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Intracrustal radioactivity as an important heat source for Neoarchean metamorphism in the Central Zone of the Limpopo Complex

By
Marco A.G. Andreoli
Marco A.G. Andreoli
South African Nuclear Energy Corporation, P.O. Box 582, Pretoria 0001, South Africa and School of Geosciences, University of the Witwatersrand, Private Bag 3, Wits 2050, South Africa
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Günther Brandl
Günther Brandl
Council for Geoscience, Private Bag X112, Pretoria 0001, South Africa
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Henk Coetzee
Henk Coetzee
Council for Geoscience, Private Bag X112, Pretoria 0001, South Africa
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Jan D. Kramers
Jan D. Kramers
School of Geosciences, University of the Witwatersrand, Private Bag 3, Wits 2050, South Africa, and Department of Geology, University of Johannesburg, P.O. Box 524, Auckland Park 2006, Johannesburg, South Africa
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Hassina Mouri
Hassina Mouri
Department of Geology, University of Johannesburg, P.O. Box 524, Auckland Park 2006, Johannesburg, South Africa
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Published:
February 01, 2011

The major periods of metamorphism in the Central Zone (CZ) of the Limpopo Complex occurred at 2.0 Ga and in the time range between ca. 2.7 and ca. 2.55 Ga. We investigate intracrustal radioactivity as a possible heat source for the earlier of these episodes. Available airborne radiometric surveys that cover the South African part of the CZ, combined with rock analyses, yield 2.15 μg/g U, 12.3 μg/g Th, and 12,650 μg/g K as a weighted regional average. The corresponding heat production rate at 2.65 Ga is 2.6 μW × m−3. A steady-state geotherm, calculated assuming uniform [U], [Th], and [K] throughout the crustal column and its thickening to 45 km during the ca. 2.65 Ga event (both arguable on the basis of peak metamorphic pressure-temperature [P-T] data), surpasses temperatures of the peak metamorphism at middle and lower crustal levels, which cluster around the fluid-absent biotite dehydration solidus. Intracrustal radioactivity thus provided a sufficient heat source to account for the metamorphism at ca. 2.65 Ga, and partial melting acted as a lower crustal thermostat. After crustal thickening, up to more than 100 m.y. (dependent on U, Th, and K concentrations) would be needed to approach a new steady state. Predicted regional variations thus account for the long duration of the ca. 2.65 Ga metamorphism. Lower crustal partial melting could have led to diapirism, yielding the steep structures in the CZ, which are not aligned to a regional fabric. Metamorphism ceased after crustal thinning to a normal 30 km. The metamorphic event at 2.0 Ga cannot be explained by this type of process.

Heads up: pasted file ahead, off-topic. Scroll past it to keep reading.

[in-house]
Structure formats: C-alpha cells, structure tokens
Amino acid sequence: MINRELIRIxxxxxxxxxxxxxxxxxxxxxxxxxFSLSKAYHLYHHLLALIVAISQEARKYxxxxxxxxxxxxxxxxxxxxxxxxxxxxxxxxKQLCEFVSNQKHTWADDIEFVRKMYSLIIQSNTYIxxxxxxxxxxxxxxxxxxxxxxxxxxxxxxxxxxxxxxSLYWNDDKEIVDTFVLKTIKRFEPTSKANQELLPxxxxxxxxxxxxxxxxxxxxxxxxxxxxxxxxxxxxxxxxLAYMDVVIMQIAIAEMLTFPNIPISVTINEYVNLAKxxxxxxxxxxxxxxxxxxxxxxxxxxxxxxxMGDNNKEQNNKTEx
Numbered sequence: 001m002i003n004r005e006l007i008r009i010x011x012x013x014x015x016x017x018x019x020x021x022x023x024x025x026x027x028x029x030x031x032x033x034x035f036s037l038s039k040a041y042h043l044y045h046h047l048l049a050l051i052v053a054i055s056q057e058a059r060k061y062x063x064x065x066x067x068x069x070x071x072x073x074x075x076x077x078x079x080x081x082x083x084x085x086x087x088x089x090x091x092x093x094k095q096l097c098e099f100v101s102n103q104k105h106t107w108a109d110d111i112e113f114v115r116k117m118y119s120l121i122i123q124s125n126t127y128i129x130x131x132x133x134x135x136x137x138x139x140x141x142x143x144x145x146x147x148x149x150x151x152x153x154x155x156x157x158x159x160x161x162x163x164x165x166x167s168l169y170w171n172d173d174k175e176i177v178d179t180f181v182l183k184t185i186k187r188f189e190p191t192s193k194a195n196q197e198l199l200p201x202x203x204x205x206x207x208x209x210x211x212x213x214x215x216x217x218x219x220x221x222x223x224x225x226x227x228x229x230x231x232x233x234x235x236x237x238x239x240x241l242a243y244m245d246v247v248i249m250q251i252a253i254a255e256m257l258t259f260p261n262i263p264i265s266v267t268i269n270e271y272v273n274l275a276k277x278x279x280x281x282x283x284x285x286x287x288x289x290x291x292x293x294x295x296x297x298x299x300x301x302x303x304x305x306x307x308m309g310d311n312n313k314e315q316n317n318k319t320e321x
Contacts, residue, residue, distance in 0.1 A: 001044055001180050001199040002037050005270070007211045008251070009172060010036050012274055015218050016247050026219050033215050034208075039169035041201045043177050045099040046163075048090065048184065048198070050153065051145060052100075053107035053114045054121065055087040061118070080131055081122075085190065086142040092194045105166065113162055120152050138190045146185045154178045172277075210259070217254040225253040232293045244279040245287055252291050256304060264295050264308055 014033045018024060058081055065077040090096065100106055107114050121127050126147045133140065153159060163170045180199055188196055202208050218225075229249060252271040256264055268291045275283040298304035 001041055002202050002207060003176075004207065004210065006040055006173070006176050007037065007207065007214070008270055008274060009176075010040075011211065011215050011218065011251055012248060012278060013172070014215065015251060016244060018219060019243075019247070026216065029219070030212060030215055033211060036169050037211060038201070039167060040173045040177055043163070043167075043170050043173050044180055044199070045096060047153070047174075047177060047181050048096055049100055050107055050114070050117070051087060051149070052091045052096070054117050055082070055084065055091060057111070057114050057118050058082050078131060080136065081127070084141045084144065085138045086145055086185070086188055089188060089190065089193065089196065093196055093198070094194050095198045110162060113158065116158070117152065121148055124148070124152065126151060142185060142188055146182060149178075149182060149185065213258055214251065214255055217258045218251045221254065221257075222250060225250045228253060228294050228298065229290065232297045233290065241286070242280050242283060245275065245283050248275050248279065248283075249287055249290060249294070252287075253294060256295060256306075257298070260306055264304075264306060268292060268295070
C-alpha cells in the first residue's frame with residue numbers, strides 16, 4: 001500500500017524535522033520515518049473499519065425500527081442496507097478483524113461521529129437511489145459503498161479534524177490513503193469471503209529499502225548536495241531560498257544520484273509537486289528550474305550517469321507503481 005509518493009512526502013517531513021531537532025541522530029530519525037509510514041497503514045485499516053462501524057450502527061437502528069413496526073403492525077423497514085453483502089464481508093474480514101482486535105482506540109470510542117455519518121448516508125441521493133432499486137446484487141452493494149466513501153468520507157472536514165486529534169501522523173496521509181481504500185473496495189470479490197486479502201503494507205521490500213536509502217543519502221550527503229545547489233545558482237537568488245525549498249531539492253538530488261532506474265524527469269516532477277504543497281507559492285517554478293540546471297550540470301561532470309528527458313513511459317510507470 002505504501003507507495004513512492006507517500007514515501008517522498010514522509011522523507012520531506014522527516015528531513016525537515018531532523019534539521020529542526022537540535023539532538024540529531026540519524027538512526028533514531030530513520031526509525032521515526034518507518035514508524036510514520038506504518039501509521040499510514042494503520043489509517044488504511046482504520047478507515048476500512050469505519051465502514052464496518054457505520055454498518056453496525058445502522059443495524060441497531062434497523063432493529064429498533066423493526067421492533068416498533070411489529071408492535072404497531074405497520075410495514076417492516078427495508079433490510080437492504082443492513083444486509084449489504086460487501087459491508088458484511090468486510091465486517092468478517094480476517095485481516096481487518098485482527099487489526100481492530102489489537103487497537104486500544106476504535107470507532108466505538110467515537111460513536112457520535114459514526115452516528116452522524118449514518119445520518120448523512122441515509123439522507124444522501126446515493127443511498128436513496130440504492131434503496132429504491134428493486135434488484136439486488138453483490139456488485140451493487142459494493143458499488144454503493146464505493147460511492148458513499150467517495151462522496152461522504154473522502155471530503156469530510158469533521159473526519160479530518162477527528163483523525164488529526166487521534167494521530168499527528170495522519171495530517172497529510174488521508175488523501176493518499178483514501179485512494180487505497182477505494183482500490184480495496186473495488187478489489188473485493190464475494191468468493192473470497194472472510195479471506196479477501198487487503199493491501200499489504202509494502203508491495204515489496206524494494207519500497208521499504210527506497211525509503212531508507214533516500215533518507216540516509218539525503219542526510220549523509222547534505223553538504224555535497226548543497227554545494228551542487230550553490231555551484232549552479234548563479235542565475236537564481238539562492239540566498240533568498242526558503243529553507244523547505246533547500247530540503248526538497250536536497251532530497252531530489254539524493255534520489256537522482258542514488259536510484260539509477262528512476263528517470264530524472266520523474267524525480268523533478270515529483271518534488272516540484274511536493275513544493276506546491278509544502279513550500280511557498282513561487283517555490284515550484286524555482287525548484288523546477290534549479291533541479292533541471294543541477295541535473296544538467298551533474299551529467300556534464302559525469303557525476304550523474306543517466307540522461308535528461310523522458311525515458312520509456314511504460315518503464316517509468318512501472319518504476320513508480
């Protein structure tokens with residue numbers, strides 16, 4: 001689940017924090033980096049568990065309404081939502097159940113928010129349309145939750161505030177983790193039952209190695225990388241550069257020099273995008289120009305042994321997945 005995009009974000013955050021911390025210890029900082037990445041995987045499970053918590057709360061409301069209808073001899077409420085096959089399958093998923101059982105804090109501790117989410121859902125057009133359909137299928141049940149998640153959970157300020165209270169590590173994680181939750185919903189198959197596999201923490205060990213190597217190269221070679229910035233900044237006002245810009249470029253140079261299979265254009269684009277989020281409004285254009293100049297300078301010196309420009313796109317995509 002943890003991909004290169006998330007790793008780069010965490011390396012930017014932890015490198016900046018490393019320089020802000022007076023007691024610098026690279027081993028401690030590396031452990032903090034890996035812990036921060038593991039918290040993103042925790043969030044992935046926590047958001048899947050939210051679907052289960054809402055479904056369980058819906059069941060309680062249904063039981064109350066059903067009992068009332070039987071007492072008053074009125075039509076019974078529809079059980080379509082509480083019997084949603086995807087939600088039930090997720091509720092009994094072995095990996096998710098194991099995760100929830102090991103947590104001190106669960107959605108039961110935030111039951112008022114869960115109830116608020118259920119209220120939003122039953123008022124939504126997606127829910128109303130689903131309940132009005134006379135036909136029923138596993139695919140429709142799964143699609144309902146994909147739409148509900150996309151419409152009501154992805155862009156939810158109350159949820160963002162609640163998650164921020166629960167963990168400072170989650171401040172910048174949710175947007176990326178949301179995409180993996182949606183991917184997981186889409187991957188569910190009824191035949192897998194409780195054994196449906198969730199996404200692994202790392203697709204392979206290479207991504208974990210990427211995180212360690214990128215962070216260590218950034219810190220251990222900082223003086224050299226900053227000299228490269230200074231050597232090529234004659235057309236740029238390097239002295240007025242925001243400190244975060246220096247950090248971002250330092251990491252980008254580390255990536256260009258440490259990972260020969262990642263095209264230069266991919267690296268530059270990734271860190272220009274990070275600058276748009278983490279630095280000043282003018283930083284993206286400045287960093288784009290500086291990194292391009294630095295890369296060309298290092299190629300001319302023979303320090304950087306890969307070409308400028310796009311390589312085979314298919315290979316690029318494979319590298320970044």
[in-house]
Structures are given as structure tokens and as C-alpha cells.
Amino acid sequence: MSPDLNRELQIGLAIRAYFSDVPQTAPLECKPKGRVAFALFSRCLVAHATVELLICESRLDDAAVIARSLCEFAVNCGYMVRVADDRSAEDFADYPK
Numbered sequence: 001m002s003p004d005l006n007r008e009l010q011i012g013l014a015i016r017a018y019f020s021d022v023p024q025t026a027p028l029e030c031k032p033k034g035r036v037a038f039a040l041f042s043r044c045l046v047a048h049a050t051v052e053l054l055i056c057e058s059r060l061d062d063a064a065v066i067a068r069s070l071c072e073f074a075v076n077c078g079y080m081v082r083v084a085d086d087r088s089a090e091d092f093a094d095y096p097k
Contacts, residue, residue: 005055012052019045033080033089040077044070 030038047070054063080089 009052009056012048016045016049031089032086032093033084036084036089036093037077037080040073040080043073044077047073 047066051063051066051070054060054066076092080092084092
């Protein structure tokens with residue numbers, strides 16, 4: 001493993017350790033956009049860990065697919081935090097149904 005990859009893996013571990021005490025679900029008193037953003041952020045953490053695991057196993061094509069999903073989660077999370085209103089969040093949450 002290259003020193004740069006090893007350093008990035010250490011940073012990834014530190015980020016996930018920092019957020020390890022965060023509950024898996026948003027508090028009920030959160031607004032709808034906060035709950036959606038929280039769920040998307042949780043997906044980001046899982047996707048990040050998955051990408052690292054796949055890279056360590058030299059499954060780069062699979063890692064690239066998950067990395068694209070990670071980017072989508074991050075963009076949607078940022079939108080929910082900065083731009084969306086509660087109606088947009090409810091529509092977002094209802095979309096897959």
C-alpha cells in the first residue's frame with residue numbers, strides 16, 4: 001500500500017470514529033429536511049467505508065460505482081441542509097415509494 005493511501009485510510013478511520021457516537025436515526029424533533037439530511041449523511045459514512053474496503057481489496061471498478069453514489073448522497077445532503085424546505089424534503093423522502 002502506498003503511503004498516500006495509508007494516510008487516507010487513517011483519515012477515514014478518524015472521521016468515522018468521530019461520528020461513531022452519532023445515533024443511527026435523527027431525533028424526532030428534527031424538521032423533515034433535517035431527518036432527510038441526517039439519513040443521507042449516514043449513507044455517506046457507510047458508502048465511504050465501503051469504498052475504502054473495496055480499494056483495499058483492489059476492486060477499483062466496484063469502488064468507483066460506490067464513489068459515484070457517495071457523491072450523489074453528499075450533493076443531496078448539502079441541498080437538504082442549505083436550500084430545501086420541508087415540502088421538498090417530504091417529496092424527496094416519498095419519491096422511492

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GSA Memoirs

Origin and Evolution of Precambrian High-Grade Gneiss Terranes, with Special Emphasis on the Limpopo Complex of Southern Africa

Dirk D. van Reenen
Dirk D. van Reenen
Department of Geology, University of Johannesburg, Auckland Park, South Africa
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Jan D. Kramers
Jan D. Kramers
Department of Geology, University of Johannesburg, and School of Geosciences, University of the Witwatersrand, Johannesburg, South Africa
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Stephen McCourt
Stephen McCourt
School of Geological Sciences, University of KwaZulu Natal, Durban, South Africa
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Leonid L. Perchuk
Leonid L. Perchuk
Department of Petrology, Moscow State University, and the Institute of Experimental Mineralogy, Russian Academy of Sciences, Chernogolovka, Moscow District, Russia
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Geological Society of America
Volume
207
ISBN print:
9780813712079
Publication date:
February 01, 2011

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